Supercell has entered a one-year partnership with OGN Esports for the upcoming season of the Clash Royale League, meaning it will handle the production of CRL Asia, CRL West, and the World Finals.
CRL West – a new region for the competition that includes teams from North America, Europe, and Latin America – will begin later this month, hosted from the OGN Super Arena in Manhattan Beach.
To get a better understanding of exactly how this partnership came about and what to expect in the upcoming season, we spoke to Justin Lee, Head of Partnerships at OGN Esports.
Esports Insider: How did this partnership come to be?
Justin Lee: At OGN, we established our relationship with Supercell by working with Clash Royale in Korea. Once we established ourselves in North America last year, we picked up the conversation and – because of our ability to create leagues and shoulder content – they felt as if we’d be the perfect partner for them.
ESI: Did OGN’s work on the National PUBG League help to solidify the deal at all?
JL: Yes, for sure. One of the things we wanted to show with our studio is that even though it was built for Battle Royale, it’s modular. We want to show that with the Clash Royale League.
“We can provide the full package that fits their needs”
ESI: Why did Supercell decide to bring another company to handle the production? OGN wasn’t involved with the inaugural season of CRL.
JL: They look at three different criteria: creating and operating leagues, creating shoulder programming and content, and then marketing and sales. We demonstrated with our past work in Korea that we can provide the full package that fits their needs.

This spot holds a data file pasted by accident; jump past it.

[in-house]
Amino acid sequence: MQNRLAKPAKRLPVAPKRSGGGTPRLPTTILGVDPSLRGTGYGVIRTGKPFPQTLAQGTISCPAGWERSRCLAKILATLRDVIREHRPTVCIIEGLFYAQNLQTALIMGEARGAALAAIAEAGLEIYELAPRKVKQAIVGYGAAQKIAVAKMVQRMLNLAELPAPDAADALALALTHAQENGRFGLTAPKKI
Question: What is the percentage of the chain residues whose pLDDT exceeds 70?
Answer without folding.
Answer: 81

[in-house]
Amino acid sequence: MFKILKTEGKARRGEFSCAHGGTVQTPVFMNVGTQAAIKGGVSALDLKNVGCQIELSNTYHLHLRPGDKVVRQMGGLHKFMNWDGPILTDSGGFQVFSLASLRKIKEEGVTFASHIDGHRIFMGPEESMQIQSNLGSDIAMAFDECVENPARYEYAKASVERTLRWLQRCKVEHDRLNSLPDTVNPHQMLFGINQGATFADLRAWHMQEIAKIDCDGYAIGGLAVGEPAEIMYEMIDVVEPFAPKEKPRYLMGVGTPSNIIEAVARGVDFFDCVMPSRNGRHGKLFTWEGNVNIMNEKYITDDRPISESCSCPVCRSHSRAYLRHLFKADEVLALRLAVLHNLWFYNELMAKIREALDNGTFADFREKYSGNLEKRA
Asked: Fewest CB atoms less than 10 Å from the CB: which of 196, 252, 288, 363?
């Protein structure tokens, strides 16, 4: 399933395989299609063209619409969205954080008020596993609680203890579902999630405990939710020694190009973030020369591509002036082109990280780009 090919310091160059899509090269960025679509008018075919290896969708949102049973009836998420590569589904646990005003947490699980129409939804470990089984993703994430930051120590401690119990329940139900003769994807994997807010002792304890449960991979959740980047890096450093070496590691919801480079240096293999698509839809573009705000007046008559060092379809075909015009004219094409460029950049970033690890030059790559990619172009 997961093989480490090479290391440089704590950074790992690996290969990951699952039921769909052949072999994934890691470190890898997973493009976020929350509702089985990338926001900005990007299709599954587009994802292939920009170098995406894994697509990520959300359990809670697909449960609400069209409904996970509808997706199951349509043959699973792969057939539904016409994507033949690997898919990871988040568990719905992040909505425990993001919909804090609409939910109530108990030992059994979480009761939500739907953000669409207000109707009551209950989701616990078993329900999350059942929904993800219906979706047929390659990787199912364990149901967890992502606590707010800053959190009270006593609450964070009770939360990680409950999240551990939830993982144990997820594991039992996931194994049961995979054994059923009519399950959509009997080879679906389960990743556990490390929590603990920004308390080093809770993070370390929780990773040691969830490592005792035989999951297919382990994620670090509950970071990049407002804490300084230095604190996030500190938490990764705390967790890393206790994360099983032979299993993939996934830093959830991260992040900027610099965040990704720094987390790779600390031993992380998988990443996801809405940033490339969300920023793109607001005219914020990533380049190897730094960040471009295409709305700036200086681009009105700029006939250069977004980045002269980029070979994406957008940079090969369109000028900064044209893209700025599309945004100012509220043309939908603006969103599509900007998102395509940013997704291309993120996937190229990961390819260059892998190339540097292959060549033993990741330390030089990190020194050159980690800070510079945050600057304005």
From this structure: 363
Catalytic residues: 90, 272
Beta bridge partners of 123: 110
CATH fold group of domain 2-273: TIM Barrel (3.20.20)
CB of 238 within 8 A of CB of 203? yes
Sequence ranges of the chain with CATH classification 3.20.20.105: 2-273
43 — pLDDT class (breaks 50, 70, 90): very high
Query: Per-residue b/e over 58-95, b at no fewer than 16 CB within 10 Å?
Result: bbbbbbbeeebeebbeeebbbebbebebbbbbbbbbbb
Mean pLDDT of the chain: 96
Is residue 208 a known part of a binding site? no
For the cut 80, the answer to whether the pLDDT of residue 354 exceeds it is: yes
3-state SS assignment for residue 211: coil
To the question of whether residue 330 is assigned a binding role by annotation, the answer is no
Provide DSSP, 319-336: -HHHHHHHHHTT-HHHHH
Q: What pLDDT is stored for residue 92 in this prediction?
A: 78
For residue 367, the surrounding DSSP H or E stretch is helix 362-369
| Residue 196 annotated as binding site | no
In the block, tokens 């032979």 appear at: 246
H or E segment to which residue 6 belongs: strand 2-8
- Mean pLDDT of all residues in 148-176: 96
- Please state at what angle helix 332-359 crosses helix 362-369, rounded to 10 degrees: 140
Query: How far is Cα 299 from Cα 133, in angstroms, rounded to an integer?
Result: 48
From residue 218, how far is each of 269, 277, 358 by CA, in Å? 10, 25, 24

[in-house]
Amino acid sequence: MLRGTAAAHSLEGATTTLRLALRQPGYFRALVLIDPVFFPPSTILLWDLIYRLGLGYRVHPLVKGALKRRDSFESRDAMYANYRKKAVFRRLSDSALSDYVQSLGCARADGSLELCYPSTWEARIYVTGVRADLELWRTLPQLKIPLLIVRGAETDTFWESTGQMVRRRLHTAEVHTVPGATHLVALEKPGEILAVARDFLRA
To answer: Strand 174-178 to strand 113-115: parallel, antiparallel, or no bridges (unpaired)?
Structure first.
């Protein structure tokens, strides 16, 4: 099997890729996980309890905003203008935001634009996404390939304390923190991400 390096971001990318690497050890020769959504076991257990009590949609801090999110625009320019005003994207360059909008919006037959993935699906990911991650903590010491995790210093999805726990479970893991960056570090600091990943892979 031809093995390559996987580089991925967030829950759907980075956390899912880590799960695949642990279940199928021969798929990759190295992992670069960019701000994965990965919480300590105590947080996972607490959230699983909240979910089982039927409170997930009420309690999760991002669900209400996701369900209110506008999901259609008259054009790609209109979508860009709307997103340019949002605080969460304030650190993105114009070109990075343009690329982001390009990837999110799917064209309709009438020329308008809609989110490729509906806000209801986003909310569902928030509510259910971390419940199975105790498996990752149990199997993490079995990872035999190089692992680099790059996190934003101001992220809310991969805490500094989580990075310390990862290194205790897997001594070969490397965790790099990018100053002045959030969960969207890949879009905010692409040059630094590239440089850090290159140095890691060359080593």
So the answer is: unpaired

ESI: Are their any unique challenges when it comes to producing a mobile league instead of a PC-based league?
JL: Not particularly, it just boils down to the game. Clash Royale is a massive game – the metrics are incredible – and we feel like we can provide an incredible experience and show that mobile esports require strong, strategic thinking.
ESI: How much independence is awarded to OGN when it comes to the production of the CRL?
JL: It works both ways. We have to get clearance from Supercell on everything we do regarding the league but they constantly look to us for advice and consult with us often.
“This year we’re going back to landscape broadcasting”
ESI: Clash Royale League is opting to move on from the portrait-based broadcast seen in the first season, were you involved in this process?
JL: Supercell really wanted to show the portrait feature off and that’s why they went with YouTube – Twitch couldn’t support it. This year we’re going back to landscape broadcasting and also incorporating a second season into the league, as opposed to only having one like last year. We’re going to be broadcasting the league in Portuguese and Spanish, too!
ESI: Are there any new partners coming into the league?
JL: Yes there are. We’re actively talking to a number of companies right now and while I can’t reveal anything, I can say that new partners will be primarily non-endemic.
ESI spoke to Tim Ebner, Head of Esports at Supercell last year following the Clash Royale League World Finals about the inaugural season of the competition. You can read it here.
Esports Insider says: OGN is a proven entity when it comes to operating and broadcasting leagues so we’re not worried or skeptical about the execution of the CRL, we’re more-so intrigued to see how it improves upon the features seen in the first season.